Blue Ribbon Awards
|Blue Ribbon Awards|
|Awarded for||Excellence in film making|
The awards were established in 1950 by The Association of Tokyo Film Journalists (東京映画記者会 Tōkyō Eiga Kishakai?) which is composed of film correspondents from seven Tokyo-based sports newspapers. In 1961, the six major Japanese newspapers (Yomiuri Shinbun, Asahi Shinbun, Mainichi Shinbun, Sankei Shimbun, Tokyo Shimbun and Nihon Keizai Shinbun) as well as the Japanese Associated Press withdrew their support for the Blue Ribbon Awards and established the Association of Japanese Film Journalists Awards (日本映画記者会賞 Nihon Eiga Kishakai Shō?), (which were held a mere six times). In 1967, the awards were cancelled as a result of the Black Mist Scandal[disambiguation needed]. In 1975, the awards were revived, and have continued until the present day. The annual award ceremony is held in a variety of places in Tokyo every February.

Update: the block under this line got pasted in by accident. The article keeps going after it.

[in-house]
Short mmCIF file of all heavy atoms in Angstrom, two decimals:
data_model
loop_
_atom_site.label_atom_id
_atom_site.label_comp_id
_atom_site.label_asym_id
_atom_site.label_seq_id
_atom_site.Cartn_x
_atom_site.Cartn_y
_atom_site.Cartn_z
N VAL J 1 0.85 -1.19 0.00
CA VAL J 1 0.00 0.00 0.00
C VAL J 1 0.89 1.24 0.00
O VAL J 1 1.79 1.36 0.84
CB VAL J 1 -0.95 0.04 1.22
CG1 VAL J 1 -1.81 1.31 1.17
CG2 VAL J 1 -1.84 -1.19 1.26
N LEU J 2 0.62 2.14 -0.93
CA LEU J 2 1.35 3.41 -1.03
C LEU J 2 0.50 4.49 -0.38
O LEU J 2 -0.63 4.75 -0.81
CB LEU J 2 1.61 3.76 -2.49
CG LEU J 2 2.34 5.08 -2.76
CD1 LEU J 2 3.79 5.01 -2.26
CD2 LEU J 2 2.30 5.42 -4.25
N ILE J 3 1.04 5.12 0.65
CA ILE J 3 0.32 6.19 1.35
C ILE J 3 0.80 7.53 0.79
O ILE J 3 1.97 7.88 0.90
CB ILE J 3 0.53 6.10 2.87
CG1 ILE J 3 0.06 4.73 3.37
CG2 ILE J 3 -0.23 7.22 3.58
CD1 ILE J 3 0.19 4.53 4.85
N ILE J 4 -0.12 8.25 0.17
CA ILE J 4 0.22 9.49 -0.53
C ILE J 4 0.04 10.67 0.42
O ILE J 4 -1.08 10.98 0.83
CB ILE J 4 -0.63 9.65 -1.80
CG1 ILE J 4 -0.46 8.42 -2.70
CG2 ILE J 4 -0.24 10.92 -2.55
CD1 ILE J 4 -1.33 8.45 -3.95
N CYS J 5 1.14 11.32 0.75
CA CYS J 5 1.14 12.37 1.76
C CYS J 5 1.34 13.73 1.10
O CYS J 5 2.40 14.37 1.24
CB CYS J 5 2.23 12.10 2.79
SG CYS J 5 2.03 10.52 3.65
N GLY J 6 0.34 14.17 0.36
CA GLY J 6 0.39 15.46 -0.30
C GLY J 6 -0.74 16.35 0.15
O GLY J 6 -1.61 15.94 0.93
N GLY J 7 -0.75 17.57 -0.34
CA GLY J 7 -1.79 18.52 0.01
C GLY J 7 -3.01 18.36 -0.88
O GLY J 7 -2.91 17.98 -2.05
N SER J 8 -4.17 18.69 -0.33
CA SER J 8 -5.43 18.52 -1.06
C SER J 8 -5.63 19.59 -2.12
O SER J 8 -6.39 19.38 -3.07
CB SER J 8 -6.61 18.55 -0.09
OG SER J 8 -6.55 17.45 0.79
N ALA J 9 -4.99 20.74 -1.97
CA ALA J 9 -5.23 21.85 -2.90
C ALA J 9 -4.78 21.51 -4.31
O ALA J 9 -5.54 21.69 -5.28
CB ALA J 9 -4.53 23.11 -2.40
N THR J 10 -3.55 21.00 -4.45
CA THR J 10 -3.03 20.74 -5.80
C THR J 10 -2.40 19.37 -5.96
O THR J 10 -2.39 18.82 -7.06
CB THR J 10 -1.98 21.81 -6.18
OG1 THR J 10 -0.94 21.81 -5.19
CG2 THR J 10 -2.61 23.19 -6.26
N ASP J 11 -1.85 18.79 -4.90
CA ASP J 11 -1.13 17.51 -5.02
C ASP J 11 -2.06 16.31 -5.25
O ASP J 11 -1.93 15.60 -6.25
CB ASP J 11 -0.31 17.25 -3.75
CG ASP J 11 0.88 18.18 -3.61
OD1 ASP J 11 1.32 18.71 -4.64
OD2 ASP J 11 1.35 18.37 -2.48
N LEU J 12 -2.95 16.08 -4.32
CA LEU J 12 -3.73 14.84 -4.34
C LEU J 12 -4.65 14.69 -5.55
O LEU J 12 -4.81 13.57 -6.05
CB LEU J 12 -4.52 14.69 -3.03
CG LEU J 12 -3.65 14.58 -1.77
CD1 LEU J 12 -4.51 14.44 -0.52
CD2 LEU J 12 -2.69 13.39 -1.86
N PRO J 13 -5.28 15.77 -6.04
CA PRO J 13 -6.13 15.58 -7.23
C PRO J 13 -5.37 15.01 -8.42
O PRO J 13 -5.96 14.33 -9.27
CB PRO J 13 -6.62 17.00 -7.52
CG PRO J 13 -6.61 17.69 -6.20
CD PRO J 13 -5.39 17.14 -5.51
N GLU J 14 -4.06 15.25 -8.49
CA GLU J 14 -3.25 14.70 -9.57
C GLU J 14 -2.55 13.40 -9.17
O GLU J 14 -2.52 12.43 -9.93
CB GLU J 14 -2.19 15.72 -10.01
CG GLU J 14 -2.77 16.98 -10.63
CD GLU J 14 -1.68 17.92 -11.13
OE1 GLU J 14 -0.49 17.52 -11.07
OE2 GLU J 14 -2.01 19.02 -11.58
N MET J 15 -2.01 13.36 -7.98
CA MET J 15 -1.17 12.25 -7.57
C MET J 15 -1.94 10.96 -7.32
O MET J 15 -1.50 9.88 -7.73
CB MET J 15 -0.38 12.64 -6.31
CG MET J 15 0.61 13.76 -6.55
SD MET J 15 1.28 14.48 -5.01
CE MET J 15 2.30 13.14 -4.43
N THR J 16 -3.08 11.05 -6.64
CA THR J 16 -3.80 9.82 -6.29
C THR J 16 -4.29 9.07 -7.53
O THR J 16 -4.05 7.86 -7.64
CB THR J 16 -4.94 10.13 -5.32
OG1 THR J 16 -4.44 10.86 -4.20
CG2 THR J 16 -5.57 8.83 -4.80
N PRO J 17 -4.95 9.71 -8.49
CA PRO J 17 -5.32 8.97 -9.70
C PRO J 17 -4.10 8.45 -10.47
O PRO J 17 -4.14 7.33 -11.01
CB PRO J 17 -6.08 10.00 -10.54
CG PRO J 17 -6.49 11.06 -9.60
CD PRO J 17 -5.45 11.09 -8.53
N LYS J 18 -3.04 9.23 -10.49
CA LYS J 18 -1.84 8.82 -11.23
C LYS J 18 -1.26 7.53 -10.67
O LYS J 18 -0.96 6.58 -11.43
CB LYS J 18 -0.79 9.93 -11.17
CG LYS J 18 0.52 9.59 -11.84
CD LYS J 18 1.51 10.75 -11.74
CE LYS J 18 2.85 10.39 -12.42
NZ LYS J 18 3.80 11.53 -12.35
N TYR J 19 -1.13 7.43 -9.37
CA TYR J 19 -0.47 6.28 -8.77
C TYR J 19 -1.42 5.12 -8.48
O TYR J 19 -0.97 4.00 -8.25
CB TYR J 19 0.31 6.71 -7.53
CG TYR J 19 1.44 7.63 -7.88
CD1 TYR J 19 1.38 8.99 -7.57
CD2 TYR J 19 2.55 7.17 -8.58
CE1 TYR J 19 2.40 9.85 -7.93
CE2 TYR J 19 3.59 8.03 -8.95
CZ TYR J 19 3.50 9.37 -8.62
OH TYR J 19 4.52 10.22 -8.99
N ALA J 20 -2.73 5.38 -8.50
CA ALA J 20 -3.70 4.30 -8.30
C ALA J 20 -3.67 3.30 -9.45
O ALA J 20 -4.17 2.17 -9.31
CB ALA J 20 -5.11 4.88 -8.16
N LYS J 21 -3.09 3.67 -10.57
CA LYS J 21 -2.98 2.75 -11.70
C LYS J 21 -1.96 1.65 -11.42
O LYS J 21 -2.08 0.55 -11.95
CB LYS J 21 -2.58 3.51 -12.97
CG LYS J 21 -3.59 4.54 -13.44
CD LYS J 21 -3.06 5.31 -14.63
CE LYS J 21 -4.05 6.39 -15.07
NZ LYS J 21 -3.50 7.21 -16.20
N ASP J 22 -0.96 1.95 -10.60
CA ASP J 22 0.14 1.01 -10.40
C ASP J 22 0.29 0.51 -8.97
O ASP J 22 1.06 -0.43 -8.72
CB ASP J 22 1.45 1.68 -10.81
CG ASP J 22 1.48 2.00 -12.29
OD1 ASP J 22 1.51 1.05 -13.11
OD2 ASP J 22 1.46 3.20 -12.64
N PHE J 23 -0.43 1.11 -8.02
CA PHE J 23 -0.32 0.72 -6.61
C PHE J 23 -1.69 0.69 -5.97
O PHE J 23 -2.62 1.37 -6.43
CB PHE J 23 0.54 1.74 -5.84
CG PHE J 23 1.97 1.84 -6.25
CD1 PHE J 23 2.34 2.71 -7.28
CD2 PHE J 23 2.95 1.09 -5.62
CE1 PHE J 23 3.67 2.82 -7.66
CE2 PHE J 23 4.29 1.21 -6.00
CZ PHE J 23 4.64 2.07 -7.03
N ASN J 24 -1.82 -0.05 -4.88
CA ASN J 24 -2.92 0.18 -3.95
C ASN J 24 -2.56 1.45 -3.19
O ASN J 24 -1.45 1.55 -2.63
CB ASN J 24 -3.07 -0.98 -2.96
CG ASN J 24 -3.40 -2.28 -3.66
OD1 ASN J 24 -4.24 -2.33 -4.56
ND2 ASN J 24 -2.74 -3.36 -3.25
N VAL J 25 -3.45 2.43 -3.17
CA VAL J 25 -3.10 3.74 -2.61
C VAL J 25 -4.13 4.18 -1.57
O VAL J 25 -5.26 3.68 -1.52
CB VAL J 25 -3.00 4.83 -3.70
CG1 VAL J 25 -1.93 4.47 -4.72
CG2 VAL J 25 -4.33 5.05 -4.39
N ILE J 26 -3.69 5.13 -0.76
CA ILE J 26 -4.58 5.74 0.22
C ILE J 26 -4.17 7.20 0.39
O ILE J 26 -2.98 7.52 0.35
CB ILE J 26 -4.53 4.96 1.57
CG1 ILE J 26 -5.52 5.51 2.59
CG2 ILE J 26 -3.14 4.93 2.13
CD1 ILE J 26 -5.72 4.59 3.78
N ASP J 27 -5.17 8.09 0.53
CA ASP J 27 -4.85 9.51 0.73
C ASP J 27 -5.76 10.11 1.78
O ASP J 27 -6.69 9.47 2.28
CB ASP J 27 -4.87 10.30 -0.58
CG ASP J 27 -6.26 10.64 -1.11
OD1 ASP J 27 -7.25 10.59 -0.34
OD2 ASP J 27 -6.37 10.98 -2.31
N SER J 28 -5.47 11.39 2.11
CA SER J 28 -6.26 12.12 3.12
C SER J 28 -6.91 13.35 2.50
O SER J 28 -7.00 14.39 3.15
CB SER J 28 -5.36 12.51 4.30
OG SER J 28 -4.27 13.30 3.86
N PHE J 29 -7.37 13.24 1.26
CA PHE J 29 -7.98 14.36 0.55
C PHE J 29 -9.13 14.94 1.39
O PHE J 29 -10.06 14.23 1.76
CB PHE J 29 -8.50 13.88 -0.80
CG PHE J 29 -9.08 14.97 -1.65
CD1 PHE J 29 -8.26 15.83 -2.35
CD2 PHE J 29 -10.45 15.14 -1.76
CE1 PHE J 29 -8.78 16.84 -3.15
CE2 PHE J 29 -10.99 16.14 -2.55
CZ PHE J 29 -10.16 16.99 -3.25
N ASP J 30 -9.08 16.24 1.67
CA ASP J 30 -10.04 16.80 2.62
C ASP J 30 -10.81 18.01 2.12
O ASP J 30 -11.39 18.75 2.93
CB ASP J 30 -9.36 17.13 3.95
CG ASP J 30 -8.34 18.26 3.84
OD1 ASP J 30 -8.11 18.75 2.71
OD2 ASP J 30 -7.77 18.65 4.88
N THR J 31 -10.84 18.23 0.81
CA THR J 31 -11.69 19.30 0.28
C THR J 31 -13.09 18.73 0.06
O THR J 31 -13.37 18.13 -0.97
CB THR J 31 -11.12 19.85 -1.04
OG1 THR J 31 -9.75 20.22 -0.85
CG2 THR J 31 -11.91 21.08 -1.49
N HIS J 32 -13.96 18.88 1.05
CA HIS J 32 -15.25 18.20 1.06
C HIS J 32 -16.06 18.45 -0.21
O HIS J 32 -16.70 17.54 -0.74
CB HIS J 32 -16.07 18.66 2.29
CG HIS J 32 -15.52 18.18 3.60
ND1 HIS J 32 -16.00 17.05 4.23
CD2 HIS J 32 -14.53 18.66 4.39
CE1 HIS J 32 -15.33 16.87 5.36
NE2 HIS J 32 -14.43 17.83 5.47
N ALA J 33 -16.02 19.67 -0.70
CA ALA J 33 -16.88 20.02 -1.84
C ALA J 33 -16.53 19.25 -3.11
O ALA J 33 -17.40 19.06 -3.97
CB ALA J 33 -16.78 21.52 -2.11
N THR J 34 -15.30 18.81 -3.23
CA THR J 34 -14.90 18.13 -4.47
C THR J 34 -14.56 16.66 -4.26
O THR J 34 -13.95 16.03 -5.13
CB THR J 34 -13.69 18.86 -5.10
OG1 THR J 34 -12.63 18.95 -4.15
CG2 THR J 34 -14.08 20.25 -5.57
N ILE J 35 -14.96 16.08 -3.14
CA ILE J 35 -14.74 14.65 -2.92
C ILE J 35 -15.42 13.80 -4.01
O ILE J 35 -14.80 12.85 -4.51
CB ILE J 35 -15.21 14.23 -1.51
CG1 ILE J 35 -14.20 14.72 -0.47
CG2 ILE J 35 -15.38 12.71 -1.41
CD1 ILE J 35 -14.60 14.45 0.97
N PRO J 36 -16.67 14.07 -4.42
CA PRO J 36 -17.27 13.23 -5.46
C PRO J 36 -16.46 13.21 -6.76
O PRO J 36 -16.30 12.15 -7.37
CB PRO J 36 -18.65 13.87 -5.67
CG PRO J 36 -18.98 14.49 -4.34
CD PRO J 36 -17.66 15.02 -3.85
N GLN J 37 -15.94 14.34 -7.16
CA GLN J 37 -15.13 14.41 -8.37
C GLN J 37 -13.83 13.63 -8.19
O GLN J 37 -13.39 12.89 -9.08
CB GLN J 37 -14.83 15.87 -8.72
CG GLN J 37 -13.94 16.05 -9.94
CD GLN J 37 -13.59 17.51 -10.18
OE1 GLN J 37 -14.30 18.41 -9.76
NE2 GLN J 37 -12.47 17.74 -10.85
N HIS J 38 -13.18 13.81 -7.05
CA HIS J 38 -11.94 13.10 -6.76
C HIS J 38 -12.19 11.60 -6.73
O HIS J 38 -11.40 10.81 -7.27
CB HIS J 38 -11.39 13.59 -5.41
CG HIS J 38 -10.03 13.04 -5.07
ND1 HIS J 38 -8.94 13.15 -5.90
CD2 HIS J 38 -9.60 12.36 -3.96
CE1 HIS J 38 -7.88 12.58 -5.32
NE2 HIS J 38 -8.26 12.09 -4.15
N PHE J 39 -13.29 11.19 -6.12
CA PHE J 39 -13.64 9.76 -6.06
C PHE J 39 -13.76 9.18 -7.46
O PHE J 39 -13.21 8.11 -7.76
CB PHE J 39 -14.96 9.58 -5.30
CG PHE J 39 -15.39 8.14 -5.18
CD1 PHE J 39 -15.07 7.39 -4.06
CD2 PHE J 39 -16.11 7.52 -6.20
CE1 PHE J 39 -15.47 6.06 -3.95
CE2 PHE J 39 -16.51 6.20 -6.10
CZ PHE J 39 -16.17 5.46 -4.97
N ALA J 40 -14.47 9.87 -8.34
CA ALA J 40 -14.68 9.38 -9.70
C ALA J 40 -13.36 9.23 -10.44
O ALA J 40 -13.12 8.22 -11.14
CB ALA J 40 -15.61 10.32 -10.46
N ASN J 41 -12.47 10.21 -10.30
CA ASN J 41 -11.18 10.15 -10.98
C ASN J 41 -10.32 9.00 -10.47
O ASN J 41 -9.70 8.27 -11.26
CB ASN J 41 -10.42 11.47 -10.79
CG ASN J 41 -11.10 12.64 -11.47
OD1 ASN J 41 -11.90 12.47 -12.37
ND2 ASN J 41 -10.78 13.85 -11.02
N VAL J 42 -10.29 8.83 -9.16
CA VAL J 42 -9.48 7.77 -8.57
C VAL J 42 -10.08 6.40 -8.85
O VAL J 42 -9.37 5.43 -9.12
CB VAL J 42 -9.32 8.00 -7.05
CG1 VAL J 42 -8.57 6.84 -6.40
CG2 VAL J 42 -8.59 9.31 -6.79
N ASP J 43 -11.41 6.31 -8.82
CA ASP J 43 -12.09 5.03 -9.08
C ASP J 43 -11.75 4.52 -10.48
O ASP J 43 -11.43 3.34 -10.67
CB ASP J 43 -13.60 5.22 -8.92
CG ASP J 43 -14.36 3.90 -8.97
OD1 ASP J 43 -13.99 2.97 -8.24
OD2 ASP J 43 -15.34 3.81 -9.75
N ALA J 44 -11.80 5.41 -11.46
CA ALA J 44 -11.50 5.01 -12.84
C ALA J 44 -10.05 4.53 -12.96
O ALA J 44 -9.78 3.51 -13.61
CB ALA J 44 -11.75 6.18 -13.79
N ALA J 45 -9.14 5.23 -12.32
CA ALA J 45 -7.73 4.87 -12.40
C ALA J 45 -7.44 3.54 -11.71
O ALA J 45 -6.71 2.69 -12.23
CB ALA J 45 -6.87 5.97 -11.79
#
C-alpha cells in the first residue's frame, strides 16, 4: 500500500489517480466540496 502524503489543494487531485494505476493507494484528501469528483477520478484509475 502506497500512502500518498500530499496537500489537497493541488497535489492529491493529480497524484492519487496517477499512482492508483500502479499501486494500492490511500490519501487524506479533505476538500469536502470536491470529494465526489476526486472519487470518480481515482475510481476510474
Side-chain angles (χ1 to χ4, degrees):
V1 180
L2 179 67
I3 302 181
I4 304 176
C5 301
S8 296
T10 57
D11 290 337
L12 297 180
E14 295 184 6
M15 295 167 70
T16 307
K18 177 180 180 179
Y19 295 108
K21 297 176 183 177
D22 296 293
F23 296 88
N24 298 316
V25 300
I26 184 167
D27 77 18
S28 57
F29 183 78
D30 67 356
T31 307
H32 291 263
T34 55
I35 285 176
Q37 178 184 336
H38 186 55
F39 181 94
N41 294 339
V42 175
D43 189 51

Although the award is not acclaimed highly on an international level, due to their long history and the rigorous screening process, the Blue Ribbon Awards have become one of the most prestigious national cinema awards in Japan. Along with the Kinema Junpo Awards (キネマ旬報賞 Kinema Junpō Shō?) and the Mainichi Film Concours (毎日映画コンクール Mainichi Eiga Konkūru?), it is nearly as sought after as the Japan Academy Prize. Winning one of these awards is considered to be a great honour.
In addition, the winning films themselves have a tendency to receive high distinctions in other film festivals around the world. Recent acclaimed nominations include films like Nobody Knows (2004), Tasogare Seibei (2002), Spirited Away (2001), and Battle Royale (2001).
There are six categories of awards:
- Best Film
- Best Actor
- Best Actress
- Best New Artist
- Most Popular Artist
- Best Director
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